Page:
Water System Resilience (ARCC-Water)

Lead Research Organisation: Loughborough University
Department Name: Geography


Reliable water supply is fundamental to human health and wellbeing, and in the UK is underpinned by inter-linked infrastructure for abstraction, storage, treatment and conveyance of potable and wastewater. Climate change has the potential to affect the UK water system in a number of ways: through changes in the water available for abstraction and storage, especially through altered drought frequency and intensity, changes in demand and changing risk of infrastructure failure.This project aims to develop a set of analysis tools and data on climate change and future demand that will enable users to identify packages of options that results in heightened reslience of the UK water system to these uncertain future drivers. The multi-criteria approach to be developed will also allow alternative adaptation options to be assessed against other criteria, such as environmental sustatinability, energy costs and public acceptability.The focus of the study is South and East England, an area that is already experiencing water system stress, and likely to be subject to additional stresses in the future due to climate change and demographic changes.The methods and results of this research will enable the UK to better plan for adaptation of the water system to climate change, and will help identify the polciy and regulatory changes that would be needed for adaptation to take place.The project has been designed in collaboration with stakeholders from government (DEFRA, EA, OFWAT, GLA), the water industry (UKWIR, Water UK and a number of water companies) and NGOs with an interest in water. These same stakeholders will be involved throughout the project as project partners.


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Description The main non-academic beneficiary of this research has been Anglian Water Services (AWS). During the course of the studentship, their Survey of Domestic Consumption (SODCON) 'Golden 100' data set was subject to intense scrutiny, quality assurance and error-trapping. This has led to the creation of a 'clean' data base of customer micro-component water use, and more robust estimates of per capita consumption (PCC) across the sampled household types. Eight micro-components of household water use were analysed: shower; bath; toilet; wash basin; kitchen sink; washing machine; dishwasher; and external tap. These data provide insights into customer behaviours and help AWS to achieve sustainability objectives.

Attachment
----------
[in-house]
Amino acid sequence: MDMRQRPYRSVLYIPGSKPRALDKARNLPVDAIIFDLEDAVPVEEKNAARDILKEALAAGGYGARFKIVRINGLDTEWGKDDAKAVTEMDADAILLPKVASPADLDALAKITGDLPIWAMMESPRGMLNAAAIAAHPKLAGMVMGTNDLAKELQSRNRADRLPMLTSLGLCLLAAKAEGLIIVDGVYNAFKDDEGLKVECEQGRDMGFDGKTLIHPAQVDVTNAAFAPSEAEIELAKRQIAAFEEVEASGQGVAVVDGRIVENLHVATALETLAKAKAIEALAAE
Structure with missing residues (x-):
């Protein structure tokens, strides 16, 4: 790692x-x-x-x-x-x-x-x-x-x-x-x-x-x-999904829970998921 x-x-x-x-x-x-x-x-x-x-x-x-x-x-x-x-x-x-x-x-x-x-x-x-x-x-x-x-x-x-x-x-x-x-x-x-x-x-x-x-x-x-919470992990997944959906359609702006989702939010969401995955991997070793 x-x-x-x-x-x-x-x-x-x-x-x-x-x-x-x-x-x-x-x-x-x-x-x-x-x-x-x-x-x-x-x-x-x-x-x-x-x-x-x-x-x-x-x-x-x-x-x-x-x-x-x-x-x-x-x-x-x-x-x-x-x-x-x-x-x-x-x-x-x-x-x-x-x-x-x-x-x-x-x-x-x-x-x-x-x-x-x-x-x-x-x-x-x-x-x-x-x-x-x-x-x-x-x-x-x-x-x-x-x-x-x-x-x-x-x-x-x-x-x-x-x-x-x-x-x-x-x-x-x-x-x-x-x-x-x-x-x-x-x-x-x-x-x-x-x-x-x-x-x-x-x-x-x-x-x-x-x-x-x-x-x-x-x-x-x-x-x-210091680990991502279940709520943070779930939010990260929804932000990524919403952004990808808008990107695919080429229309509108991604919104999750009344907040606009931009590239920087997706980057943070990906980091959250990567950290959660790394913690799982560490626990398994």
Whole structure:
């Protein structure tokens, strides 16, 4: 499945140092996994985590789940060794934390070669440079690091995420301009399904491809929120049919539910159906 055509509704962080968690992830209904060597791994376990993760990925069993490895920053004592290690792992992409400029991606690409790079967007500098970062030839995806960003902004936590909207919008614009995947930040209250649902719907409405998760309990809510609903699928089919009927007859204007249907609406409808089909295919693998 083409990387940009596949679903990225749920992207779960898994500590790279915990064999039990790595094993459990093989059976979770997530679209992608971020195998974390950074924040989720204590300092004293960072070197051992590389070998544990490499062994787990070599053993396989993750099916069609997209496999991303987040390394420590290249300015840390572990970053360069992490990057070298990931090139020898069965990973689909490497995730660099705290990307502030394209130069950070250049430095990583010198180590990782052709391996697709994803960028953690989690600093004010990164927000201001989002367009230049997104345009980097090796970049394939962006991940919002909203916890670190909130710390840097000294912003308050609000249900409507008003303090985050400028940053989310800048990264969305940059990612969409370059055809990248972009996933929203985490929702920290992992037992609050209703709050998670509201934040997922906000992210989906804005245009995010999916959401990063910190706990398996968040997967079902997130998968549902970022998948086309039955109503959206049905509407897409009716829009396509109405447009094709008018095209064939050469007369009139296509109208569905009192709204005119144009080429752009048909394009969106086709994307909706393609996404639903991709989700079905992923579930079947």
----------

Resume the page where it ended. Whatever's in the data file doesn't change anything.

Statistical analysis of the 'Golden 100' water demand data revealed distinct weekly and seasonal patterns of water use that cannot be explained by changing weather patterns alone. Long-term changes in gross water use at inter-annual scales were also detected. These analyses provided insight to the key factors influencing the likelihood of micro-component water use, as well as the water volume consumed. For example, the statistical models were used to estimate the effect of the 2012 hose-pipe ban on regional water use. The analysis showed that the observed reduction in demand following the introduction of the ban could be largely explained by the subsequent cool, wet weather in summer 2012.

The research also contributed to an industry-wide initiative led by UK Water Industry Research (UKWIR) Limited to understand links between water demand and weather. The AWS data showed, for example, a significant correlation between air temperatures, sunshine hours and preceding 7 days rainfall with external water use. Other temperature dependent relationships were found for shower water use volumes in unmetered households.
Exploitation Route Please see the attached impact statement from Dr Steve Moncaster, Supply Demand Strategy Manager, Anglian Water Services.
Sectors Environment,Other

Description The partner organisation (Anglian Water Services) has benefitted from the research in several ways: (1) Their household micro-component water use data set has been quality assured and cleansed; (2) The strengths and limitations of their survey data are now better understood (from point of collection to synthesis into summary statistics on per capita water demand); (3) The relative significance of weather, socio-economic and behavioural drivers of household water use in Eastern England are now better understood by AWS; (4) Specific insights have been gained into the impact of a hosepipe ban on customer behaviour during the 2012 drought (and subsequent switch to very wet summer conditions).
First Year Of Impact 2012
Sector Environment,Other
Impact Types Economic